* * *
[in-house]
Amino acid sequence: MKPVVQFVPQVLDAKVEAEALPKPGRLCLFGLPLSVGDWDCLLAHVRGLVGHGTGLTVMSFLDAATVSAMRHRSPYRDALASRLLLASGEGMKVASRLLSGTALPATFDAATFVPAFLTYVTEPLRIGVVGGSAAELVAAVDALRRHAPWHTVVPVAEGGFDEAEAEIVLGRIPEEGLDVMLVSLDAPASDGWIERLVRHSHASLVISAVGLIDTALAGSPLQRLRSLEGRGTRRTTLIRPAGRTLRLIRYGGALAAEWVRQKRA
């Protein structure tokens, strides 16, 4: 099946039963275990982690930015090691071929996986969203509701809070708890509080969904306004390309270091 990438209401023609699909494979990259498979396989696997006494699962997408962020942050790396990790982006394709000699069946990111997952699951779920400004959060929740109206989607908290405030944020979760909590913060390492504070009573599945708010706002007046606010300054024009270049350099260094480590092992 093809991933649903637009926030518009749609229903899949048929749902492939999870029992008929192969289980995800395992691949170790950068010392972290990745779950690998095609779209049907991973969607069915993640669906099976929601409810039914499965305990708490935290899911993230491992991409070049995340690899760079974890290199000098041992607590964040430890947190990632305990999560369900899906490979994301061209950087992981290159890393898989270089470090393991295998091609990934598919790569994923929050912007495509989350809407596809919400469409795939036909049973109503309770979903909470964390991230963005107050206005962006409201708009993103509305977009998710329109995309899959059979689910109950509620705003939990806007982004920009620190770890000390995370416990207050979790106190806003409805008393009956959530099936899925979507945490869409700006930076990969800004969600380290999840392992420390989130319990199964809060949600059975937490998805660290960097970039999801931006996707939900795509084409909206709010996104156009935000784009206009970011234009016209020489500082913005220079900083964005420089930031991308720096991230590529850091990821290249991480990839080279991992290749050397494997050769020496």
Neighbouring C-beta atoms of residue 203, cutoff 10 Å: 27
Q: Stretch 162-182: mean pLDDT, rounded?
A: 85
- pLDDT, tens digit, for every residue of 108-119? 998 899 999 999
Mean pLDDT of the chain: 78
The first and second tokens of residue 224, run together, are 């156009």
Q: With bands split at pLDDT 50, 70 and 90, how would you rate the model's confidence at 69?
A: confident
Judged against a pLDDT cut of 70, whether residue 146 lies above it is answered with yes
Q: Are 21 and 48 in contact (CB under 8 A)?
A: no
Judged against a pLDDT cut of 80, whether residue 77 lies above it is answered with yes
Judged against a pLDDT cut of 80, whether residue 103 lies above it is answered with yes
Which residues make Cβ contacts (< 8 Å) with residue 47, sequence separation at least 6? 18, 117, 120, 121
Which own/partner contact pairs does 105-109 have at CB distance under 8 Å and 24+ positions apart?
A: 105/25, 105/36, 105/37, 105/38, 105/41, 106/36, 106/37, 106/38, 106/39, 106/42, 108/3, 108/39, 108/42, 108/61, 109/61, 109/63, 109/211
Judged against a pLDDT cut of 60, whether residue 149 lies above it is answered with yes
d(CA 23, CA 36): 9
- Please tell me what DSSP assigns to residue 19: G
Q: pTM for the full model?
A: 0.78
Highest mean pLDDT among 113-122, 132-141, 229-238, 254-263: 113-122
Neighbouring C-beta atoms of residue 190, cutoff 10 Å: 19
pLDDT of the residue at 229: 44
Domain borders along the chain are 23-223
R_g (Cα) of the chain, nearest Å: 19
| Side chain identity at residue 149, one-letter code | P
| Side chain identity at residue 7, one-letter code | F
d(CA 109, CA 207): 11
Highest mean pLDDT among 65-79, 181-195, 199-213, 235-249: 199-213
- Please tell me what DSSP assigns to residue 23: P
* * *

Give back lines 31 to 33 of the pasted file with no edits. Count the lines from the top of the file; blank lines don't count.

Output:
| Side chain identity at residue 7, one-letter code | F
d(CA 109, CA 207): 11
Highest mean pLDDT among 65-79, 181-195, 199-213, 235-249: 199-213